Grinstaff Group - BME/Chemistry - Boston University

Cationic CT Contrast Agent for Imaging Cartilage

Articular cartilage is the smooth, hydrated tissue that lines the ends of long bones in load bearing joints. The heavily sulfated and carboxylated polysaccharides comprising the glycosaminoglycans (GAGs) represent 5-10 % by wt of articular cartilage, and are key components in conferring cartilage with its resistance to compressive loads. The remaining mass of cartilage is composed mostly of collagen (10-20%) and water (68-85%). It is widely recognized that the loss of GAGs from the articular cartilage is a hallmark of osteoarthritis, a degenerative joint disease in which wear or trauma results in damage to the articular cartilage surface. Consequently, imaging techniques capable of assessing local variations in GAG content are of significant interest for the study of cartilage biology and for the diagnosis of cartilage diseases. Magnetic resonance (MR) and computed tomography (CT) imaging modalities have been used to image cartilage and both imaging modalities use anionic contrast agents which must diffuse into the target tissue. We hypothesized that cationic contrast agents would be electrostatically attracted to anionic GAGs, and would consequently result in a more sensitive technique for imaging cartilage.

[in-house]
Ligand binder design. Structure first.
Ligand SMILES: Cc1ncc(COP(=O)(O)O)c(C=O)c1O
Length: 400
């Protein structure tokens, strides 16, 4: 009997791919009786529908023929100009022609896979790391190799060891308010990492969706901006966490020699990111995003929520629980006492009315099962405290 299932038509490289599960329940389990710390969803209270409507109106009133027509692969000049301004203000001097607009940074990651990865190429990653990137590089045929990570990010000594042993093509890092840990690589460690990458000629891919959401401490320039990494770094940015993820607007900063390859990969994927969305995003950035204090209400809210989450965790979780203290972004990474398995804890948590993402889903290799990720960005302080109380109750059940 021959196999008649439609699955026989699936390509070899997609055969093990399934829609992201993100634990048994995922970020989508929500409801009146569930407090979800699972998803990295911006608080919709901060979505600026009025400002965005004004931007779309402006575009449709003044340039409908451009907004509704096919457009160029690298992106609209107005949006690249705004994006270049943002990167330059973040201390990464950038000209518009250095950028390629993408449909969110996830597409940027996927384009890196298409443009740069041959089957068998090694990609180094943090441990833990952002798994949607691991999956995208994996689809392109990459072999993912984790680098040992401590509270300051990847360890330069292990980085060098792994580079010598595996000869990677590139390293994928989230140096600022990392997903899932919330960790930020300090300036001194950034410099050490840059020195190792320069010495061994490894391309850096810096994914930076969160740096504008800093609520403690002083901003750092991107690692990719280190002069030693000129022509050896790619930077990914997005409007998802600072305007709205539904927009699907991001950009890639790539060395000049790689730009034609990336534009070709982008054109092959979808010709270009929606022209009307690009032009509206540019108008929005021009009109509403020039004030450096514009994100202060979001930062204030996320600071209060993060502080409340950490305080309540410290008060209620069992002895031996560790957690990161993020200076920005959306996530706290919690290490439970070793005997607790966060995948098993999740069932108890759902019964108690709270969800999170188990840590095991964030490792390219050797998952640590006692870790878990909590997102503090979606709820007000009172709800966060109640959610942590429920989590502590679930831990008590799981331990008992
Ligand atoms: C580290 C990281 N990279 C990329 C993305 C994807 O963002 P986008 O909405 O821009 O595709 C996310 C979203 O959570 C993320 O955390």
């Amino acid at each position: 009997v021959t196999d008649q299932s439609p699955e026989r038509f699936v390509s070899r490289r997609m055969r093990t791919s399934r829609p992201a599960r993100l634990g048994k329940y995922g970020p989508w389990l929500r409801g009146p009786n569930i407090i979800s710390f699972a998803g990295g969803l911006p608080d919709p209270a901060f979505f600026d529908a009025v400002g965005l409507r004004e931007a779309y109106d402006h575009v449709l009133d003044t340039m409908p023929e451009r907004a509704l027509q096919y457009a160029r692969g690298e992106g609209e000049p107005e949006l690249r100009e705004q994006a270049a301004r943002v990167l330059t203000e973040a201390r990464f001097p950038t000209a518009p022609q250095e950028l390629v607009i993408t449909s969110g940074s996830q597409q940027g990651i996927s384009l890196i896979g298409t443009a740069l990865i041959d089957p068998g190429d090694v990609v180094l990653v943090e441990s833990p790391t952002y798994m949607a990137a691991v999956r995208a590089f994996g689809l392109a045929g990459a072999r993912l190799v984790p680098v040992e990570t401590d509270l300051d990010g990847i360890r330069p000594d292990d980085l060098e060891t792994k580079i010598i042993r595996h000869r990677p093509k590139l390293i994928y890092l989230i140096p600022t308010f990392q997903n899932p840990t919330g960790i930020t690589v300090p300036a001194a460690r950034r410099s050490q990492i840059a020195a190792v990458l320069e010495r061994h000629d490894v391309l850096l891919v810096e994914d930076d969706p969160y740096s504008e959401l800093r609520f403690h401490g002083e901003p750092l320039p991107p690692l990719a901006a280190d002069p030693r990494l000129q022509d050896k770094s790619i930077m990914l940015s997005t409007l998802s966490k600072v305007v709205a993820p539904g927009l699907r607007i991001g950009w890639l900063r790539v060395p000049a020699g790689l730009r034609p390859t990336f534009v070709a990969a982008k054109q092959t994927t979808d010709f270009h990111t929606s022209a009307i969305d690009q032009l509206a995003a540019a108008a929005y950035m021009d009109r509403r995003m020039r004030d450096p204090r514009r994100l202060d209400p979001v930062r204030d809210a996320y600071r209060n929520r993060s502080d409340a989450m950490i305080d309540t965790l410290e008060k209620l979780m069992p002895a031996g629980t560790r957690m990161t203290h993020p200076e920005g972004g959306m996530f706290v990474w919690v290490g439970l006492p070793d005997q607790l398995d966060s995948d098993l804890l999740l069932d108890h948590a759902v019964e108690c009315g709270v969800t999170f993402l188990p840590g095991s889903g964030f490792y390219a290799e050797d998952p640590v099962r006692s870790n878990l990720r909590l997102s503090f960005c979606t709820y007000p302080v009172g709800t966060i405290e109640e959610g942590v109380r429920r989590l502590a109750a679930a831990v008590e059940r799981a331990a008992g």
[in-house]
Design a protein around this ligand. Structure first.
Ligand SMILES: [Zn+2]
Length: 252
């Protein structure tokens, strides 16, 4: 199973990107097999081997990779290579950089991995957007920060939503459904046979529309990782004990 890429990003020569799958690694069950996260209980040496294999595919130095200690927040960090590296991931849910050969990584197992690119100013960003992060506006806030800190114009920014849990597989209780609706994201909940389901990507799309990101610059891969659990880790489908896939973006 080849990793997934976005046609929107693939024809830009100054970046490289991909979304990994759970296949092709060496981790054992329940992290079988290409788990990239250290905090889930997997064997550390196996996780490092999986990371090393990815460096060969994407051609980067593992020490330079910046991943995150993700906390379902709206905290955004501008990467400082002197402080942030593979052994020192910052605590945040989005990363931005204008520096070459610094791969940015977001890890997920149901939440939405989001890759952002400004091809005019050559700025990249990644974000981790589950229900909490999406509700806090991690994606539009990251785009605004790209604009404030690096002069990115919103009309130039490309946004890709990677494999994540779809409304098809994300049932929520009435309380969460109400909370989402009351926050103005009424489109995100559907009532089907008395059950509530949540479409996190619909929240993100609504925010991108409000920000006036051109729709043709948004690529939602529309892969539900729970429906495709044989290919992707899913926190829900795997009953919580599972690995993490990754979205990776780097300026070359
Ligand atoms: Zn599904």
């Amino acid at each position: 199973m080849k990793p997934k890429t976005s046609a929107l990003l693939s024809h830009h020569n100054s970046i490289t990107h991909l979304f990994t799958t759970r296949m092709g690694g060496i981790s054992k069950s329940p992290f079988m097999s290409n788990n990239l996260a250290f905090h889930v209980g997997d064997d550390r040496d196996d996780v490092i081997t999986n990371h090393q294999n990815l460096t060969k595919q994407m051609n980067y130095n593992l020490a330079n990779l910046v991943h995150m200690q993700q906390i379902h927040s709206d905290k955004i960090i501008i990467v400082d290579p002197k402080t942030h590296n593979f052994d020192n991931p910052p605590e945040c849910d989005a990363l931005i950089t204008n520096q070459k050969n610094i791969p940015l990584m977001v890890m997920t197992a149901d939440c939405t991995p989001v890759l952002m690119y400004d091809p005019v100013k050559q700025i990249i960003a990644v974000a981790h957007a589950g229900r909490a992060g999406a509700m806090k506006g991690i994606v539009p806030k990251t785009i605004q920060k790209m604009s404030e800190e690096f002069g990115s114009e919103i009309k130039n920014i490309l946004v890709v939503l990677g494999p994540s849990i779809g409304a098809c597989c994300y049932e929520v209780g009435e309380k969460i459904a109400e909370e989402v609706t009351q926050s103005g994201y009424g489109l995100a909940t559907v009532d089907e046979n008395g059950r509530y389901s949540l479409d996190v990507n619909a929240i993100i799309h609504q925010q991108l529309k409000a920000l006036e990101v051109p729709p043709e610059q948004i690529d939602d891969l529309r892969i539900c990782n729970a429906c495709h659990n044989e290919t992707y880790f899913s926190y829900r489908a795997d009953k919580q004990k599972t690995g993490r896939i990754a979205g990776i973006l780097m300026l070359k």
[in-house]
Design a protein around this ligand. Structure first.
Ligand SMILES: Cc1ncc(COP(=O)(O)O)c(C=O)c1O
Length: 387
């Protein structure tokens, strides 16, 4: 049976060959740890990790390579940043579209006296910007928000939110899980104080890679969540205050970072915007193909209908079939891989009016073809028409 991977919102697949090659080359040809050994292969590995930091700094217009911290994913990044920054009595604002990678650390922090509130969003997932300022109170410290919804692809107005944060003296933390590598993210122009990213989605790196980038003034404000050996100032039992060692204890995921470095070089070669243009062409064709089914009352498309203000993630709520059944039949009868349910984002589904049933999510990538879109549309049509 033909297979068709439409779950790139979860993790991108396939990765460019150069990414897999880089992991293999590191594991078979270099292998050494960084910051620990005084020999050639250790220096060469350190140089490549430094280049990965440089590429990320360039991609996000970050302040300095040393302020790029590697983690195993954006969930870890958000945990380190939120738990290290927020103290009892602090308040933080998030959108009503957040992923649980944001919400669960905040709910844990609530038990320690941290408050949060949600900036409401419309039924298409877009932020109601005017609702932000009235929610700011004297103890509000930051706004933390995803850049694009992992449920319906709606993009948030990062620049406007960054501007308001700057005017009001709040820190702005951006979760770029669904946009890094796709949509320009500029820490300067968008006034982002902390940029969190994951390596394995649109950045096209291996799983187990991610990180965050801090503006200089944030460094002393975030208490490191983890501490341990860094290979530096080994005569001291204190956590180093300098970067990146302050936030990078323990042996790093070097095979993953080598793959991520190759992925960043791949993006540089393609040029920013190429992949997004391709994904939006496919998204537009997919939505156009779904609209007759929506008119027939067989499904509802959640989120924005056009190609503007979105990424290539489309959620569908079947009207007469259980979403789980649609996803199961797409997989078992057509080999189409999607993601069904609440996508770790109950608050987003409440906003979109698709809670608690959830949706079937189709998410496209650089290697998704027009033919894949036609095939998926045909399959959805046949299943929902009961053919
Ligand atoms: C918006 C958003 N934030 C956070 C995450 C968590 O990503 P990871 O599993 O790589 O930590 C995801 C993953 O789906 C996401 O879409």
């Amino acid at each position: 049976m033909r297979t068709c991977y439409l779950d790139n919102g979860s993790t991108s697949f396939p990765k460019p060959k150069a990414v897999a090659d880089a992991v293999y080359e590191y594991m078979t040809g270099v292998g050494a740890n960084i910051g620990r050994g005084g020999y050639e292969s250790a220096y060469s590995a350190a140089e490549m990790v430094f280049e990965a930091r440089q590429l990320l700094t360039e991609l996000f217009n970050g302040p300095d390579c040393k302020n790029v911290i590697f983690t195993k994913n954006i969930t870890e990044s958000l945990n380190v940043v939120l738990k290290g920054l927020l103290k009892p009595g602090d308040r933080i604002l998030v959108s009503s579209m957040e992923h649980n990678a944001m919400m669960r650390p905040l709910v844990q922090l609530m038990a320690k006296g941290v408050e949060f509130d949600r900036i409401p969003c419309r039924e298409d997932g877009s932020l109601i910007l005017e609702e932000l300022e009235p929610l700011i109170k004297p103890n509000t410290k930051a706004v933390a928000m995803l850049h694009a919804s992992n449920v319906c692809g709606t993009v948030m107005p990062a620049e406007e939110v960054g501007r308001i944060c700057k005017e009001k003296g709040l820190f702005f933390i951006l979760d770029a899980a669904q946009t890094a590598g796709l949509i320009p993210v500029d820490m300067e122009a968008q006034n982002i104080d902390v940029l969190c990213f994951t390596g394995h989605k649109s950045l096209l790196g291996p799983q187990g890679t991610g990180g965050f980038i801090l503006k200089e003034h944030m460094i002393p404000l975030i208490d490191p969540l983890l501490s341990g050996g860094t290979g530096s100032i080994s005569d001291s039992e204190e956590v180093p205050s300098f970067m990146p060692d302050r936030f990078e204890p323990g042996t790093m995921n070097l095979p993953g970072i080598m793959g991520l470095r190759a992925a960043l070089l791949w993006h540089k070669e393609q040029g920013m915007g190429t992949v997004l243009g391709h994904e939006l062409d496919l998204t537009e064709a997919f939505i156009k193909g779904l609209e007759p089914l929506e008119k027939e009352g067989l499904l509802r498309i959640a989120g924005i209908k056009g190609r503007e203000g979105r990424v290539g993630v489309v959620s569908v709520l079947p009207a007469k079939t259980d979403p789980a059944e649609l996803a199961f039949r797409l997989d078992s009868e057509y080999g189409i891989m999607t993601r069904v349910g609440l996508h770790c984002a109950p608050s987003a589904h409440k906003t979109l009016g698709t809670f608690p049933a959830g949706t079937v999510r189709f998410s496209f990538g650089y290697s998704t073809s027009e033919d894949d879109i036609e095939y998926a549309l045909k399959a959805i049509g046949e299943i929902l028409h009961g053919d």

In order to investigate the effects of contrast agent charge on CT imaging, we synthesized three new iodinated contrast agents – one having a single positive charge and three iodine atoms (CA1+), a second having two positive charges and three iodine atoms (CA2+), and a third having four positive charges and six iodine atoms (CA4+). These molecules were compared to two commercial formulations of anionic contrast agents, Cysto Conray II® (1; iothalamate) and Hexabrix® (2; ioxaglate). We next imaged the distal end of an ex vivo rabbit femur after immersion in one contrast agent using micro computed tomography (microCT40). Images obtained from the rabbit femur studies show that the cationic contrast agents afforded higher x-ray attenuation values and more specific imaging for the cartilage tissue as compared to the anionic contrast agents (see Figure ). The cationic contrast agents had 1.6 (CA1+), 2.4 (CA2+), and 2.9 (CA4+) times higher mean attenuation values for cartilage than their anionic counterparts, indicating that increasing cationic charge yielded higher affinities for the anionic fixed charge density of GAGs.

Selected Publications

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Boston University College of Engineering Department of Biomedical Engineering Boston University Department of Chemistry Boston University